Today, Kate Masur, Assistant Professor of History at Northwestern University, read from her new book, An Example for All the Land: Emancipation and the Struggle for Equality in Washington, DC at the National Portrait Gallery (hat tip to the City Paper for letting us know about this event).
After the reading, Masur took questions from the standing-room-only crowd. As she quoted from the Reconstruction-era diary entry of a racist white Washingtonian, I was startled by how over a century later, similar sentiments could be found in the comments sections of local blogs and newspapers. Masur said she wanted to “illuminate the larger picture of dynamism in Washington” via the stories in her book. She also reflected on how once slavery was “resolved”, many local white Republicans cared more about business than equality.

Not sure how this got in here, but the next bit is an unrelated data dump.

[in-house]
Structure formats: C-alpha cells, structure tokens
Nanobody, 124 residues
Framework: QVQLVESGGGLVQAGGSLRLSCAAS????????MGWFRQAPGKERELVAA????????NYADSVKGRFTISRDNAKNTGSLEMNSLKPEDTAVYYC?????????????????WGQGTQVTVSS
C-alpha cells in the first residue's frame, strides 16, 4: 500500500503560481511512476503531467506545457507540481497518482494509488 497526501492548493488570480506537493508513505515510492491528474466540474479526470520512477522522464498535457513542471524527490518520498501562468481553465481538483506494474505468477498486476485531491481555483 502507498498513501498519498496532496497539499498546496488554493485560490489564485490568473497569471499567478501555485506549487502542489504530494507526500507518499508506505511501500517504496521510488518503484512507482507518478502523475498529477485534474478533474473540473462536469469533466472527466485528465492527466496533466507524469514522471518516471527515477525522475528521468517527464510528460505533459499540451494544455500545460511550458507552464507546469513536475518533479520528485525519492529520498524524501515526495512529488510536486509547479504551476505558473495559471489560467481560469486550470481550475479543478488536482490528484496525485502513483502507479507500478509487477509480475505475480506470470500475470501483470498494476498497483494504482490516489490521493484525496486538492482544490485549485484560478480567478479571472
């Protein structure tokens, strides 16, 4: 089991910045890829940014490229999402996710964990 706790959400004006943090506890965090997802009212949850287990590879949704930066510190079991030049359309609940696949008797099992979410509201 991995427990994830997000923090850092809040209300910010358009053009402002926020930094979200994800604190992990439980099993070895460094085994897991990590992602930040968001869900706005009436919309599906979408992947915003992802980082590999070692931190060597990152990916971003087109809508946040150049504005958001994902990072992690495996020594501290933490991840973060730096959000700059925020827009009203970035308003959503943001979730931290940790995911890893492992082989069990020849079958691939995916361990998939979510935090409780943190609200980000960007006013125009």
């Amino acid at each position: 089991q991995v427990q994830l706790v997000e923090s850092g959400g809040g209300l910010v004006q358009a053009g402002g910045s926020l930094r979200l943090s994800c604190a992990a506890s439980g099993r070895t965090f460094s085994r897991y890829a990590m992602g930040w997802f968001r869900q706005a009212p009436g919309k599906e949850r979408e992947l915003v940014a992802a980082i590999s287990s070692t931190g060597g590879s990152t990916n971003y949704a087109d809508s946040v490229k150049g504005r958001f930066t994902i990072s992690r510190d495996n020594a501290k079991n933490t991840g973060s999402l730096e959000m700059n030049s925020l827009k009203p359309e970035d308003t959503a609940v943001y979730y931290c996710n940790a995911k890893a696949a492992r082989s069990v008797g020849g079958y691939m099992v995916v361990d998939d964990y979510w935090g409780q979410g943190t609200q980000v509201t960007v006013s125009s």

When Masur mentioned that An Example for All the Land –the first examination of Washington during Reconstruction in over five decades– explored why D.C. became a hub for black education and an African American middle class, the crowd buzzed with interest.
One attendee, Barbara Burger of Washington, D.C., enjoyed the presentation. Burger explained, “I’m a native Washingtonian. My family has been here since 1880. I’m very interested in any studies that explore the African American situation. I’m very happy to see she’s taken it upon herself to write a book and do research that will hopefully have an effect on the perceptions of this city.”
Next week on DCentric: an interview with Professor Masur, and more about her book.